His concern with remembrance, thus, is not the abstract and absolute negation of second nature in favour of an experience that offers the synthesis of the ideal and the real, but rather of an experience that refracts back into the second nature of society. Remembrance, the time-space of things past, is concomitant with the experience of the present, in aging. And yet, there is something of the present, which, for Benjamin, is worthy of destruction, such that a new type of experience can break through. It is here that the sock is reintroduced.
The similarity of one thing to another, which occupies us in a wakeful state, reflects only vaguely the deeper resemblance of the dream world in which everything that happens not in identical but in similar guise, opaquely similar one to another. Children know a symbol of this world: the stocking which has the structure of this dream world when, rolled up in the laundry hamper, it is a ‘pocket’ and a ‘present; at the same time. And just as children do not tire of quickly changing the pocket and its contents into a third thing – namely, a stocking – Proust could not get his fill of emptying the dummy, his self, at one stroke in order to keep garnering that third thing, the image which satisfied his curiosity – indeed assuaged his homesickness. He lay on his bed racked with homesickness, homesick for the world distorted in the state of resemblance, a world in which the true surrealist face of existence breaks through.
While, for Benjamin, involuntary memory is a very real aspect of modern cognition, and furthermore one that potentially allows a discussion of truth, what really interests him is the moment of induction of involuntary memory. Much like Beckett, this is conditioned by the experience of something that resists categorization under conceptual schema, but for Benjamin it is the mimetic quality of the experience of the thing that allows this type of experience. The “true surrealist face of existence” wishes to break through identificatory modes of thought that deny mimetic experience. But again, we must ask, what exactly is meant by the figure of the sock? And what is it doing here? Clearly what is being suggested is that the sock is an example of a “similarity” of two or three objects (sock, present, and bag), but it is also a referent of their non-superimposability, and that in its final form, a form that destroys the previous ones, desire is fulfilled. The sock occupies an unusual formal place in this argument’s construction: it is both the subject of the thought (as the child thinks about the sock) and the structure of the analogous form of experience. This is not, though, an answer to why the same motif is used for a description of the induction of involuntary memory and also is the relationship between historical and metaphysical investigation.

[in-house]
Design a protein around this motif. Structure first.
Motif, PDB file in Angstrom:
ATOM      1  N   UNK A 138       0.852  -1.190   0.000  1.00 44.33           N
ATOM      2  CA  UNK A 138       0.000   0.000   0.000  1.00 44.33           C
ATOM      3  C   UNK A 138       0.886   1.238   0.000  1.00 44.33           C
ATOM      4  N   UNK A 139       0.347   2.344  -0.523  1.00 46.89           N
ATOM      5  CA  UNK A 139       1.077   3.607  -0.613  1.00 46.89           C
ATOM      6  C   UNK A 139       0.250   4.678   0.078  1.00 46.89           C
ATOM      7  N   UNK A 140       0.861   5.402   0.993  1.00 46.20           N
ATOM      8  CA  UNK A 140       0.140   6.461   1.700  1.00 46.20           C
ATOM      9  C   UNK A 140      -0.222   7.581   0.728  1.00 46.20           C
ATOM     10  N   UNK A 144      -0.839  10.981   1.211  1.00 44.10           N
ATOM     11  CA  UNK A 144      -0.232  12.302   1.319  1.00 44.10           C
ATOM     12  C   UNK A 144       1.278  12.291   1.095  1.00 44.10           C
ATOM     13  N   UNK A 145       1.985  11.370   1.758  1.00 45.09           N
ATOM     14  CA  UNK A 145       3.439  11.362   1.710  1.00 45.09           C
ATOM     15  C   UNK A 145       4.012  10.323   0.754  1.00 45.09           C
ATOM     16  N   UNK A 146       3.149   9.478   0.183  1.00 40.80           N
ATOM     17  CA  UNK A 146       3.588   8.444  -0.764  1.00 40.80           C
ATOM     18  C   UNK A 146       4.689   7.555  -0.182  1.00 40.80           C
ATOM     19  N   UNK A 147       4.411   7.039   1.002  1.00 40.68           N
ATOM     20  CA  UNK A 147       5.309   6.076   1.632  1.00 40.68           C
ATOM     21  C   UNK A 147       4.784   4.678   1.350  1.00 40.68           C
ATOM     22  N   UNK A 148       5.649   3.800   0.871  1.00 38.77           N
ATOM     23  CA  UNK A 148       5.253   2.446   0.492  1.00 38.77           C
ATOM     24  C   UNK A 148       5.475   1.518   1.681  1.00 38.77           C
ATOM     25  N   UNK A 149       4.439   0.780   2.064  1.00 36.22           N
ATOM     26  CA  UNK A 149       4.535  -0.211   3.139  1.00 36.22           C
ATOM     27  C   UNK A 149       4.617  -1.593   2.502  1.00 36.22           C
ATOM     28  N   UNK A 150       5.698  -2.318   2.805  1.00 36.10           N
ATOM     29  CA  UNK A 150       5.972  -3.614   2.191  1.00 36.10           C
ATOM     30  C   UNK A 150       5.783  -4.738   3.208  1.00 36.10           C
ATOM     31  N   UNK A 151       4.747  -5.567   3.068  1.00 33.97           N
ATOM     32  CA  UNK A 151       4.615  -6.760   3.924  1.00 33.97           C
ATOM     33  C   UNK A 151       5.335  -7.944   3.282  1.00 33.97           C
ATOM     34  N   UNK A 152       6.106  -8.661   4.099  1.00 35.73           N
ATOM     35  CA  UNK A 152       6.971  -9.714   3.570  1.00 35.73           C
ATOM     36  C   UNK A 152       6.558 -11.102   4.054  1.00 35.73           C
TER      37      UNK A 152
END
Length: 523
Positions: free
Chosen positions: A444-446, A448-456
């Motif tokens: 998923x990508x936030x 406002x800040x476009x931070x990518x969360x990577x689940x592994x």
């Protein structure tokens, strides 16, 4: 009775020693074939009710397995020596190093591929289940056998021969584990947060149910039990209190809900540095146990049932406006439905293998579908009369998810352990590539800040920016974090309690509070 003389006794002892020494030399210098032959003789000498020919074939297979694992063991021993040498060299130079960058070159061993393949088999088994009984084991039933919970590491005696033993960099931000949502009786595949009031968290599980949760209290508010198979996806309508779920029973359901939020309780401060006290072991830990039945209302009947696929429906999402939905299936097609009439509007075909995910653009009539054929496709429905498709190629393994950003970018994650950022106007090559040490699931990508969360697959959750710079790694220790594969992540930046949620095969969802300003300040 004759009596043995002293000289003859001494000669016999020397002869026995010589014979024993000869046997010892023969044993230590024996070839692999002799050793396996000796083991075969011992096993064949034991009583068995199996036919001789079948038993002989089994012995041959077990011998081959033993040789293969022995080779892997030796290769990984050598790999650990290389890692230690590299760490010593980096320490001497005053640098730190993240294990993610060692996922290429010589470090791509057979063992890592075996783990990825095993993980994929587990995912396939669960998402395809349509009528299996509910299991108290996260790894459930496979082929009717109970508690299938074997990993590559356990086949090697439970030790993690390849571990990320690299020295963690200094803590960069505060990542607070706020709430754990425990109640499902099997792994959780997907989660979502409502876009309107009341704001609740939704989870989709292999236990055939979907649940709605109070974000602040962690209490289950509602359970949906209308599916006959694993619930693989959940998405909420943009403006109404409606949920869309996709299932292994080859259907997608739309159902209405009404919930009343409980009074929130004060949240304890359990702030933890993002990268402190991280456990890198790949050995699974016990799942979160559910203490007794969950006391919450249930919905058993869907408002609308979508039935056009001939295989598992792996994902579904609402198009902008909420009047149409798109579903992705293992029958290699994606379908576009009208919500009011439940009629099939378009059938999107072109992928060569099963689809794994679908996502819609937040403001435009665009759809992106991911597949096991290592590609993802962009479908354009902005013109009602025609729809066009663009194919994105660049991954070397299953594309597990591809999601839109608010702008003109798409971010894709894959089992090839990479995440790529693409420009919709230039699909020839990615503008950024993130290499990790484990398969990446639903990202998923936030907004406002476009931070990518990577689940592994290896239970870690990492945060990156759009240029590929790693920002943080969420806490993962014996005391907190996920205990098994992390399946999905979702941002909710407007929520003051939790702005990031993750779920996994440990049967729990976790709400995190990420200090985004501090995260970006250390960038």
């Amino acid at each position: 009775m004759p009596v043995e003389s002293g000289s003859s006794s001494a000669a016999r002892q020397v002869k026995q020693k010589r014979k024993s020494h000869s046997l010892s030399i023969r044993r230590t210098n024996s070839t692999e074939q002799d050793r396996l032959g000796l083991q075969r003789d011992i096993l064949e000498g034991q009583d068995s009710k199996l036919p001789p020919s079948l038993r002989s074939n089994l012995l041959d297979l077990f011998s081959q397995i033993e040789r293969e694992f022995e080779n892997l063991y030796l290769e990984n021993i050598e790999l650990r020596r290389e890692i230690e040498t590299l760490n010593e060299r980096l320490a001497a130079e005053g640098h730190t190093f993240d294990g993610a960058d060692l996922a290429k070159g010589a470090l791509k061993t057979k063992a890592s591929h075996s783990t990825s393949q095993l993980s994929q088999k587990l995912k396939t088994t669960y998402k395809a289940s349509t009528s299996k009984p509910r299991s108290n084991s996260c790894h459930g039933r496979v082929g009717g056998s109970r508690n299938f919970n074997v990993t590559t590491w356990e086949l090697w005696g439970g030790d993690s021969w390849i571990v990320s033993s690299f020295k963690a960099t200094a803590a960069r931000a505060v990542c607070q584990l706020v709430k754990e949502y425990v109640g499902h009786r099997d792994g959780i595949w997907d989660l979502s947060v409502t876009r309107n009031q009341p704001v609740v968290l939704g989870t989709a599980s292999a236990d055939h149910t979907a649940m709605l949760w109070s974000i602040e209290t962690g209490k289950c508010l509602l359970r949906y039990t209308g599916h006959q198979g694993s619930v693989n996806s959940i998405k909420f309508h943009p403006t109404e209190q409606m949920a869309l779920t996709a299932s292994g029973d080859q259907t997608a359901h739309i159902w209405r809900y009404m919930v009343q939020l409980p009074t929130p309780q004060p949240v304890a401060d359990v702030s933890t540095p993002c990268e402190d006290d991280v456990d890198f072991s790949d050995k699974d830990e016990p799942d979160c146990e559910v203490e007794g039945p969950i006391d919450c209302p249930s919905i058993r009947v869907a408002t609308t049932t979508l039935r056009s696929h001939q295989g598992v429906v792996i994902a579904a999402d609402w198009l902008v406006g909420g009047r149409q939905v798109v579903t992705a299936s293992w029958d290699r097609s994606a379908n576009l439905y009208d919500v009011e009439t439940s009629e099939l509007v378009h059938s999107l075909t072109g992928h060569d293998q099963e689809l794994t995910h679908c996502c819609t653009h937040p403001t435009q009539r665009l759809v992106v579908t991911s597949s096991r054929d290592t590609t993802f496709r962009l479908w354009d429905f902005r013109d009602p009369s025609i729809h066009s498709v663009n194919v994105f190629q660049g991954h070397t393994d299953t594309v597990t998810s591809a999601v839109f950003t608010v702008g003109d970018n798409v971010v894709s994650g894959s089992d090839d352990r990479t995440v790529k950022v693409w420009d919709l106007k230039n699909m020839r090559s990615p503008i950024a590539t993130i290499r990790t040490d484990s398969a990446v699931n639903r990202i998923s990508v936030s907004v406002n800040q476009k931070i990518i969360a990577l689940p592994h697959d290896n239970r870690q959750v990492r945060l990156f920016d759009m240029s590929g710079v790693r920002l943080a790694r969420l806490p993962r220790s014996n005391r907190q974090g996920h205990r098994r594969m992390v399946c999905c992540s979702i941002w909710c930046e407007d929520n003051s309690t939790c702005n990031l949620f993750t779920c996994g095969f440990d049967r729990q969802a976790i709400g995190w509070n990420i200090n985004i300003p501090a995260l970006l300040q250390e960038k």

The final iteration of Benjamin’s sock motif, is a Denkbild, written in 1932, which became part of his Berlin Childhood around 1900.
The first cabinet that would yield whenever I wanted was the wardrobe. I had only to pull on the knob, and the door would click open and spring toward me. Among the nightshirts, aprons, and undershirts which were kept there in the back was the thing that turned the wardrobe into an adventure for me. I had to clear a way for myself to its farthest corner. There I would come upon my socks, which lay piled in traditional fashion – that is to say, rolled up and turned inside out. Every pair had the appearance of a little pocket. For me, nothing surpassed the pleasure of thrusting my hand as deeply as possible into its interior. I did not do this for the sake of the warmth. It was the ‘little present’ rolled up inside that I always held in my hand and that drew me into the depths. When I had closed my fist around it and, as far as I was able, made certain that I possessed the soft woolen mass, there began the second phase of the game, which brought with it the unveiling. For now I proceeded to unwrap ‘the present’, to tease it out of its woolen pocket. I drew it ever nearer to me, until something rather disconcerting would happen: I had brought out ‘the present’, but the ‘pocket’ in which it had lain was no longer there. I could not repeat the experiment on this phenomenon often enough. It taught me that form and content, the veil and what is veiled, are the same. It led me to draw truth from works of literature as warily as the child’s hand retrieves the sock from ‘the pocket.’